Housing task force begins dwindling down possible sites


Encinitas’ Housing Element Update Task Force began considering 171 parcels throughout the city to zone for housing at its meeting Monday, Oct. 16.

Dave Barquist, the consultant the city hired to help the city develop this draft of the housing element, presented parcels that were either vacant, underutilized or developed.

Barquist said he tried to evenly distribute the parcels among the city, but 70 parcels were presented in Leucadia alone due to one site being an existing mobile home park. Twelve parcels were identified in Olivenhain, 21 in New Encinitas, 48 in Old Encinitas and 20 in Cardiff.

Because of new legislation aimed at zoning more vacant land for housing and introduced at the task force’s last meeting, the group must now find more unoccupied land to hit at least a 51 percent threshold, or between 550 to 650 units of high density housing on currently occupied land. The group will likely have to look outside Measure T’s sites, as most of the sites designated on the failed Measure T map had existing development, either residential or commercial, already on them.

One of Monday’s discussed proposed sites was the “burn site” — where trash was once burned — behind the sheriff’s station near El Camino Real. Barquist said the location, at 135 El Camino Real, required “more homework” both in conversations with the county, which owns the property, or with neighbors.

One site has also sparked negative interest from the San Elijo Lagoon, which is located adjacent to the property.

Resident Damien Mavis has promoted his family-owned site, on the southeast corner of Manchester Avenue and El Camino Real, saying it could help the city meet its needs for affordable housing. He has partnered with Community Housing Works to offer 50 percent affordable housing on his site.

“I urge you to not look at the laws as obstacles but as crystal clear, honorable mandates from Sacramento,” he said at Monday’s meeting.

However, his request has been met with opposition from the nearby San Elijo Lagoon, which threatened litigation should the city decide to re-zone Mavis’ site at a higher density.

The lagoon’s lawyer at Monday’s meeting said that upzoning Mavis’ property would be “inconsistent with the [city’s] general plan” and shared concerns the lagoon would not be able to afford the land in the future.

The attorney urged the task force to set the land aside for now to allow time for property swapping discussions between the lagoon and Mavis.

Representatives from Saints Constantine and Helen Greek Orthodox Church, at 3459 Manchester Ave., also volunteered their site Monday for 40 additional affordable units. The property already includes some affordable housing, the representatives noted.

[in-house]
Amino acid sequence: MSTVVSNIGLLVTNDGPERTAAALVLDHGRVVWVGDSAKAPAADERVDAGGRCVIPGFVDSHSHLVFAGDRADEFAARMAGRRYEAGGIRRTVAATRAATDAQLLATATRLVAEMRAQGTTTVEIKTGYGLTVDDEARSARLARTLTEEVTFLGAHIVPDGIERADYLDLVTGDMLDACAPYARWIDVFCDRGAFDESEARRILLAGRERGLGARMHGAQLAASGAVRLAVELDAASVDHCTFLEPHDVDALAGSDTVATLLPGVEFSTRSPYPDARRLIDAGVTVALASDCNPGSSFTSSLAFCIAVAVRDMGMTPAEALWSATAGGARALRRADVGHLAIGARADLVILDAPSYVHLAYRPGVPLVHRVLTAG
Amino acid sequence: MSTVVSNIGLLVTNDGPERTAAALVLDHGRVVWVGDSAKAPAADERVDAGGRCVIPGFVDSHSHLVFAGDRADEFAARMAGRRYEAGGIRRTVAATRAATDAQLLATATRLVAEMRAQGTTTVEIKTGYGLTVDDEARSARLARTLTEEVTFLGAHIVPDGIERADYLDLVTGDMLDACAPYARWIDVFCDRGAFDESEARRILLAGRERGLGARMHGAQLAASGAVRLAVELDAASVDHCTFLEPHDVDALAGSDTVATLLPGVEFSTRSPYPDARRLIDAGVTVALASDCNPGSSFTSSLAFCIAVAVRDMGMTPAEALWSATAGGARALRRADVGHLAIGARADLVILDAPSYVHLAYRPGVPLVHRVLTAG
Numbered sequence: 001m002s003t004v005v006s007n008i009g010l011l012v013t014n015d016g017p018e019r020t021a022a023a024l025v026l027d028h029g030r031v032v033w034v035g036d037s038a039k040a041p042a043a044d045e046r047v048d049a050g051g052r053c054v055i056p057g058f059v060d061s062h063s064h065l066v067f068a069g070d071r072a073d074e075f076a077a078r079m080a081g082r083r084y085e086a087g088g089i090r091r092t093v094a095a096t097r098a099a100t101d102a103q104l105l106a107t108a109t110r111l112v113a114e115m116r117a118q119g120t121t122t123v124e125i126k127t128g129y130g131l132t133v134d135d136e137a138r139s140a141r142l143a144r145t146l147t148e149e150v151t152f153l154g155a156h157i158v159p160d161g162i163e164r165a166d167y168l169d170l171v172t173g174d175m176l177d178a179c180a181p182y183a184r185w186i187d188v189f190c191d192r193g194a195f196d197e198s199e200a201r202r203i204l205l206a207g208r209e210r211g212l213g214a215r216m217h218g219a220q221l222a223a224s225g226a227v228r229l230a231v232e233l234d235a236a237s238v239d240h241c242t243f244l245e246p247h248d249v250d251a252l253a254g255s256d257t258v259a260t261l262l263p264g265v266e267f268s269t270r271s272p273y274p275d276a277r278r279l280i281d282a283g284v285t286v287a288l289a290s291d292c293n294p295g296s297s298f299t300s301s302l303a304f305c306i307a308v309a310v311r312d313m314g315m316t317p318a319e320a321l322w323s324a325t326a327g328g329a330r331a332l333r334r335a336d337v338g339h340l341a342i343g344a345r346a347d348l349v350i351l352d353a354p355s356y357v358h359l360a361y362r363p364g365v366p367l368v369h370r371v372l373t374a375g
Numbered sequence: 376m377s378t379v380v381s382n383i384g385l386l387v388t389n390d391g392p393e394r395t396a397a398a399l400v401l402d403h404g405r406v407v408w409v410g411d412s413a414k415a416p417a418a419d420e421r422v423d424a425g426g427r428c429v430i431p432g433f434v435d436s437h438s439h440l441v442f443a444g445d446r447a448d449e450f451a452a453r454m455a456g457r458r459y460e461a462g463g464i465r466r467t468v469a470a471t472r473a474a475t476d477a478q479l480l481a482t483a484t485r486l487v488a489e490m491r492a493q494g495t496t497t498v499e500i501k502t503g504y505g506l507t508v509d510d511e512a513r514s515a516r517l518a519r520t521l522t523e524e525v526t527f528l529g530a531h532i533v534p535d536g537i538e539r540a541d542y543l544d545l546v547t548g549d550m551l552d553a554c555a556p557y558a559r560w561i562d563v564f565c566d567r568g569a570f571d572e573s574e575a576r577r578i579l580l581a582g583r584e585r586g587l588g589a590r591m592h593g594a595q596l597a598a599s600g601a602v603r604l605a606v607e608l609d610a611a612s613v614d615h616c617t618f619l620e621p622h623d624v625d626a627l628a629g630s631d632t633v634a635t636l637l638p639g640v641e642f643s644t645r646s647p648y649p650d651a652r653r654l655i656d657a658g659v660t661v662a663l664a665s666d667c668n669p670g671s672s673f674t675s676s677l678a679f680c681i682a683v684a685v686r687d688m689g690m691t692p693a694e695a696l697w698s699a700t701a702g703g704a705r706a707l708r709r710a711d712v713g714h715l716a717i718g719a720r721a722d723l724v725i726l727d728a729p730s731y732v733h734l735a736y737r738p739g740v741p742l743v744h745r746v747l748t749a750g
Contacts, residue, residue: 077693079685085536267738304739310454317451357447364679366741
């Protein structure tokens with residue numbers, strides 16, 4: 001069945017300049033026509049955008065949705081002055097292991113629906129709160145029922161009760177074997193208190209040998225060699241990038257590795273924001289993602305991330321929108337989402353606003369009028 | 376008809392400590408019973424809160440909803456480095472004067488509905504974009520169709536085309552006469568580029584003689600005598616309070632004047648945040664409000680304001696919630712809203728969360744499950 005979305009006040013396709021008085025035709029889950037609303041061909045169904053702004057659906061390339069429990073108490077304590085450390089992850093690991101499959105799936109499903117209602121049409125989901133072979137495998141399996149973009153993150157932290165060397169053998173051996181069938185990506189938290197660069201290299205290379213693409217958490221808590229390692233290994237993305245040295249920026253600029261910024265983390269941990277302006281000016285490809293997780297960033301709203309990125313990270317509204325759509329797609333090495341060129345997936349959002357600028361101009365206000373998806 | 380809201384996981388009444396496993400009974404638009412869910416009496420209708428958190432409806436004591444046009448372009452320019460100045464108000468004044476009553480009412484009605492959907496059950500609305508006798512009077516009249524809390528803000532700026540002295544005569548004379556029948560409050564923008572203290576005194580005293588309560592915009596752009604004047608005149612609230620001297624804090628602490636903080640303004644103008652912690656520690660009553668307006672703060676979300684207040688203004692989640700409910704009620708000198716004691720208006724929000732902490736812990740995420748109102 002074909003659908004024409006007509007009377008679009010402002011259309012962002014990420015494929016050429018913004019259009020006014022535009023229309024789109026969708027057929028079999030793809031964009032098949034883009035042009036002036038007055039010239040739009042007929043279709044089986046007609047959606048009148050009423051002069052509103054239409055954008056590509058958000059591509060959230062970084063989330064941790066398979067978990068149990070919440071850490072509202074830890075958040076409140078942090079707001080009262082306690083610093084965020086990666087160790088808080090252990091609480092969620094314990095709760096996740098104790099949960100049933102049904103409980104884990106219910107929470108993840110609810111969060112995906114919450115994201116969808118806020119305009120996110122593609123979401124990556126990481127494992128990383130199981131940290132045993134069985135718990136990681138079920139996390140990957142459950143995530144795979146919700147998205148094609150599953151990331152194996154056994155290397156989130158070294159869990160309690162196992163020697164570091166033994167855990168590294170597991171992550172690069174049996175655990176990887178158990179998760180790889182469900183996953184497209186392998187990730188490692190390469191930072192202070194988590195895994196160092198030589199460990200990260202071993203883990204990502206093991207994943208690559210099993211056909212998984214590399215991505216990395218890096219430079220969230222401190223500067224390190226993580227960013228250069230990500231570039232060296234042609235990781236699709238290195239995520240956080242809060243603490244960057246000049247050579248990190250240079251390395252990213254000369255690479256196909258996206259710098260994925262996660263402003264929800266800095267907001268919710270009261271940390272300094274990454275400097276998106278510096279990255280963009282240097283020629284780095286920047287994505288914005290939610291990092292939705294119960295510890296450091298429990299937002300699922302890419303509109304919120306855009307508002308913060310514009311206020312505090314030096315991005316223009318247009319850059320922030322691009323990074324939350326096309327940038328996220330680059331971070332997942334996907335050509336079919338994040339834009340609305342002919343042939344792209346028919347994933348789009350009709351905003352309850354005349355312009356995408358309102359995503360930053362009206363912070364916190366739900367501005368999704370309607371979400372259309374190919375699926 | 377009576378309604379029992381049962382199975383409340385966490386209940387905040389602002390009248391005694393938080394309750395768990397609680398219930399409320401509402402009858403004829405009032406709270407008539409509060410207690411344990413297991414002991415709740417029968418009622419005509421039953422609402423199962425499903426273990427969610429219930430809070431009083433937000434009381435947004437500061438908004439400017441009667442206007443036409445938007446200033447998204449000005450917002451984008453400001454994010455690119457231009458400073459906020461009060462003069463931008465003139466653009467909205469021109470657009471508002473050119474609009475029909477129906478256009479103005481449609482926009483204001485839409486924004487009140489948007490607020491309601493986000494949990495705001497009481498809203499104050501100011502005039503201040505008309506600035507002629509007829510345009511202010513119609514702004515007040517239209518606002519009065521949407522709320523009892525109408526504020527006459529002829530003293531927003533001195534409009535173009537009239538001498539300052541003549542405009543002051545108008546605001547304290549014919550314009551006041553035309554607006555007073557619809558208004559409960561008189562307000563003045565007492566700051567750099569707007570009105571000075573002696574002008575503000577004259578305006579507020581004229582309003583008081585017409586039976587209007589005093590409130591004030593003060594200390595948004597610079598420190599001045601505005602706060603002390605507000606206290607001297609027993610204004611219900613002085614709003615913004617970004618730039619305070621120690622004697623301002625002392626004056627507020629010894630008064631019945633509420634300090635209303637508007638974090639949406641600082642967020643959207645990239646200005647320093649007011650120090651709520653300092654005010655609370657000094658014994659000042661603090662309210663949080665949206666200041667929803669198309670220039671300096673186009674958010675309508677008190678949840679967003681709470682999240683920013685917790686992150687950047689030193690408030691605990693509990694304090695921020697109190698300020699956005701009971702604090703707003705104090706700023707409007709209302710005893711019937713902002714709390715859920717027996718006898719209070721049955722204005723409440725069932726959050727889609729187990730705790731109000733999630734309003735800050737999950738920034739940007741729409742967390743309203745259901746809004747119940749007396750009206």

Resident Kathleen Lindeman advocated for affordable housing for people like senior women and younger generations looking to live in the city.

She proposed the task force should consider zoning in the Vons Shopping Center on Santa Fe Drive. She said she walked to survey about Measure T prior to the vote, and many people agreed the location would be a good site for housing due to its proximity to a park and school.

The task force — consisting of Mayor Catherine Blakespear; Deputy Mayor Tony Kranz; Planning Commissioner and former No on T spokesman Bruce Ehlers; and former Planning Commissioner Kurt Groseclose — deliberated for about an hour at the meeting, sharing ideas like considering properties that were either owner-interested or the least objectionable by residents.

Ehlers, who studied and advocated against Measure T, said the task force should not consider the properties that were largely opposed in Measure T.

“The bigger we make the hills to get into compliance, the harder it will be for us to get over,” he said.

Encinitas is the only city in San Diego County without a Housing Element, a required document that spells out how a city proposes to rework its zoning to accommodate its future housing needs, particularly those of low-income people, according to The San Diego Union-Tribune. The city’s original plan, which it is still working off of, was created in the 1990s.

State law currently mandates Encinitas should zone for 1,093 high-density units, according to city officials.

The task force is expected to present its choice sites to the city council on Nov. 8. The members said the sites should be available for public viewing within the next week or two ahead of the council meeting.